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Iga Swiatek, U.S. Open Winner, Is Ready for Global Stardom

At 21 years old and already a superstar in her home country of Poland, Swiatek is a bona fide No. 1 with a package of tennis skills both innate and acquired.

Iga Swiatekbeat Ons Jabeur in straight sets to win her first U.S. Open women’s singles title.

Iga Swiatek has won titles in six high-profile cities this year, and it should be no surprise to anyone, not even an emotional Swiatek, that she added New York to the long list on Saturday afternoon.

Her 6-2, 7-6 (5) victory over Ons Jabeur in Saturday’s U.S. Open women’s final was a reminder of what makes Swiatek such a force:

Phenomenal, elastic, sliding defense into the corners, often out of the near-splits popularized by Kim Clijsters and Novak Djokovic.

Sprinter’s speed moving forward. (She chased down Jabeur’s signature drop shots on Saturday like a cheetah chasing down a wounded impala.)

Heavyweight punching power and penetration off the ground, above all the topspin forehand like Swiatek’s role model Rafael Nadal.

Big-match mental strength, which has allowed her to find and maintain her focus under duress with the help of her longtime performance psychologist and friend, Daria Abramowicz. She is now 10-1 in tour-level singles finals.

That package of skills, both innate and acquired, has created a genuine champion, and what should be genuinely scary to the opposition is that she can still improve her serve, transition game and volleys by big margins.

At just 21 years old, Swiatek is a bona fide No. 1 with a huge lead in the rankings over Jabeur, the engaging and gifted Tunisian who will be back at No. 2 on Monday.

Swiatek will have 10,365 points to Jabeur’s 5,090: the kind of clear separation that great players like Williams or Steffi Graf have created in the past. And the last woman to win seven or more singles titles in a season was Serena Williams in 2014.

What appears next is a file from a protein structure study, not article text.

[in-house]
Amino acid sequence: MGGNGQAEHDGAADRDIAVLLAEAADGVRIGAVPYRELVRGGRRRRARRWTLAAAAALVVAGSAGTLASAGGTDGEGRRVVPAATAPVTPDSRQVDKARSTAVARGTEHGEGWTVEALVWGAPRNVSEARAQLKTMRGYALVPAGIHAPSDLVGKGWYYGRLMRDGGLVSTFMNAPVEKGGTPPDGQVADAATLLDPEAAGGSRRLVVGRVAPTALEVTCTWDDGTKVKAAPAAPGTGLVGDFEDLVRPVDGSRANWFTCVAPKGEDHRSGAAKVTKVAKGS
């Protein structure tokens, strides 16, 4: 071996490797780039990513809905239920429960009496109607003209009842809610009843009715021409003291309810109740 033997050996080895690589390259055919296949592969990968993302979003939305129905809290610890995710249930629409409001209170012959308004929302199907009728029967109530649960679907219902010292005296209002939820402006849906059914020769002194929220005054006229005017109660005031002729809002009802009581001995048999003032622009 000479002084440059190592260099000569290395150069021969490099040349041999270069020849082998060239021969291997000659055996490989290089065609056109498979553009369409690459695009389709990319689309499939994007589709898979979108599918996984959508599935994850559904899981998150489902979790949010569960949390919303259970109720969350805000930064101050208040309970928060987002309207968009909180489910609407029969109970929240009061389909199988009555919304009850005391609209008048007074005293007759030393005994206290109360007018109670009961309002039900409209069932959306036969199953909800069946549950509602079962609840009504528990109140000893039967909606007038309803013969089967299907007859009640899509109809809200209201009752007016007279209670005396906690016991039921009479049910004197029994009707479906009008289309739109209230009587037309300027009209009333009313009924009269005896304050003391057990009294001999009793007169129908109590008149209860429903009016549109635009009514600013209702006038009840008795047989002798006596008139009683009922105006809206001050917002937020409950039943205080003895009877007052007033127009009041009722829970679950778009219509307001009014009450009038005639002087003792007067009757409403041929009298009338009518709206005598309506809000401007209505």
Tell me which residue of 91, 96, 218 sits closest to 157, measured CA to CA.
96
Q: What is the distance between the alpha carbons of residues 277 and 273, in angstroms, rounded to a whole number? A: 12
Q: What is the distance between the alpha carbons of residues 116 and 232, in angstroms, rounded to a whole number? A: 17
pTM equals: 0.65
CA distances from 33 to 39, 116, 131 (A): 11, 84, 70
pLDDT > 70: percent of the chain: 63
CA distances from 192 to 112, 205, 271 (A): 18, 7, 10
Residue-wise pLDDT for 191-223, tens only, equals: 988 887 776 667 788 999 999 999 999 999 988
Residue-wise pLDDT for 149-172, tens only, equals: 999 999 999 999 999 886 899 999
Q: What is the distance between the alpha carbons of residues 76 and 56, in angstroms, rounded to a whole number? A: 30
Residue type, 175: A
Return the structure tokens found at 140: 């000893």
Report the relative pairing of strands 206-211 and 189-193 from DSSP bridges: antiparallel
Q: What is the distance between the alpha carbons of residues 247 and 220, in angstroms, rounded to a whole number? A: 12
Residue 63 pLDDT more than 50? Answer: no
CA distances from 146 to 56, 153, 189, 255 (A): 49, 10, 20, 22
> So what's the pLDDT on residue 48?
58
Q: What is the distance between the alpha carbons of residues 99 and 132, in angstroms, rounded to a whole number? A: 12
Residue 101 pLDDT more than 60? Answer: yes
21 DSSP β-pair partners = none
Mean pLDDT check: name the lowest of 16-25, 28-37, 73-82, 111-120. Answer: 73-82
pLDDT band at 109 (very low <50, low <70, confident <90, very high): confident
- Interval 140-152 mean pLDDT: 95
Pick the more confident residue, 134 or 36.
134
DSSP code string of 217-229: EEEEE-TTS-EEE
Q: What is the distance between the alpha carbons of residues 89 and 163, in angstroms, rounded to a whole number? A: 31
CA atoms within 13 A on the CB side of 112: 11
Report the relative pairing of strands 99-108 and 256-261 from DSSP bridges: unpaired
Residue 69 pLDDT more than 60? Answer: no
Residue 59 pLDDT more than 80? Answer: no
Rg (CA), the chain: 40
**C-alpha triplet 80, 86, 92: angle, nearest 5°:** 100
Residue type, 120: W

“That was my goal, to get to 10,000 points,” said Tomasz Wiktorowski, Swiatek’s coach who joined her team in December and has been one of the architects of her great season.

After winning the French Open by surprise in 2020 and then solidifying her spot in the top 10, Swiatek has taken flight in earnest in 2022, reeling off 37 straight victories earlier this season, often by lopsided Grafian margins, and winning a second French Open and — after a short market correction in July and August — her first U.S. Open.

With three majors, she is now closing in on Naomi Osaka, the Japanese star and former No. 1 who has won two U.S. Opens and two Australian Opens, as the most accomplished major champion of their generation.

But Swiatek, who is three years younger than the 24-year-old Osaka, already has one significant performance edge. While Osaka has never won a tour-level title on clay or grass, Swiatek is a multisurface threat. Of her seven titles this season, three have come on her long-favored red clay, but four have come on hardcourts like those used at the U.S. Open.

“I wasn’t sure if I was on the level yet to win actually a Grand Slam, especially on U.S. Open where the surface is so fast,” she said of hardcourts. “It’s something that I wasn’t expecting, for sure. It’s also like a confirmation for me that sky is the limit.”

The sky should include Wimbledon. Though Swiatek has yet to get past the fourth round on the grass at the All England Club, she did win the junior title there in 2018 and has the tool set and improvisational athleticism to win the main event there down the road.

It will be intriguing to see if Swiatek, already a superstar in her home nation of Poland, can break out globally, as well. She is smart and empathetic, likes to read and can crack a joke when she is not cracking a forehand. Handed the $2.6 million champion’s check on Saturday, she said, “I’m really glad it’s not in cash.”

Though she said in an interview in May in Paris that she was still trying to sort through the best way to use her new platform, she has demonstrated a new willingness and confidence to speak out since then. She organized an exhibition to raise relief funds for young Ukrainians in July in Poland and is the only leading player not from Ukraine to still wear a blue and yellow ribbon on court to mark her support for Ukraine in the war with Russia.

“Society, we don’t have a long memory, but, I mean, lives are at stake so I think we should remind people,” she told me at Wimbledon, which barred players from Russia and its ally Belarus.

But it is her tennis that has spoken the most loudly and eloquently in 2022, and while she swept through the draw to win the French Open, she had to play through stormy weather in New York — coming back to defeat Jule Niemeier and Aryna Sabalenka in three sets — before securing the trophy under clear skies.

“For sure, Roland Garros I always feel like I have more control, and I feel like Philippe Chatrier is kind of my place,” she said of the center court in Paris. “Here on Ashe, I still need to figure out the atmosphere. I wasn’t sure before the match if this is actually my place.”

Even during Williams’s quarter century at or near the top, the women’s game often lacked a transcendent rivalry. There has been nothing quite like Graf vs. Monica Seles; certainly nothing like Chris Evert vs. Martina Navratilova, who was in sold-out Arthur Ashe Stadium on Saturday to present the women’s trophy to Swiatek.

Credit The New York Times

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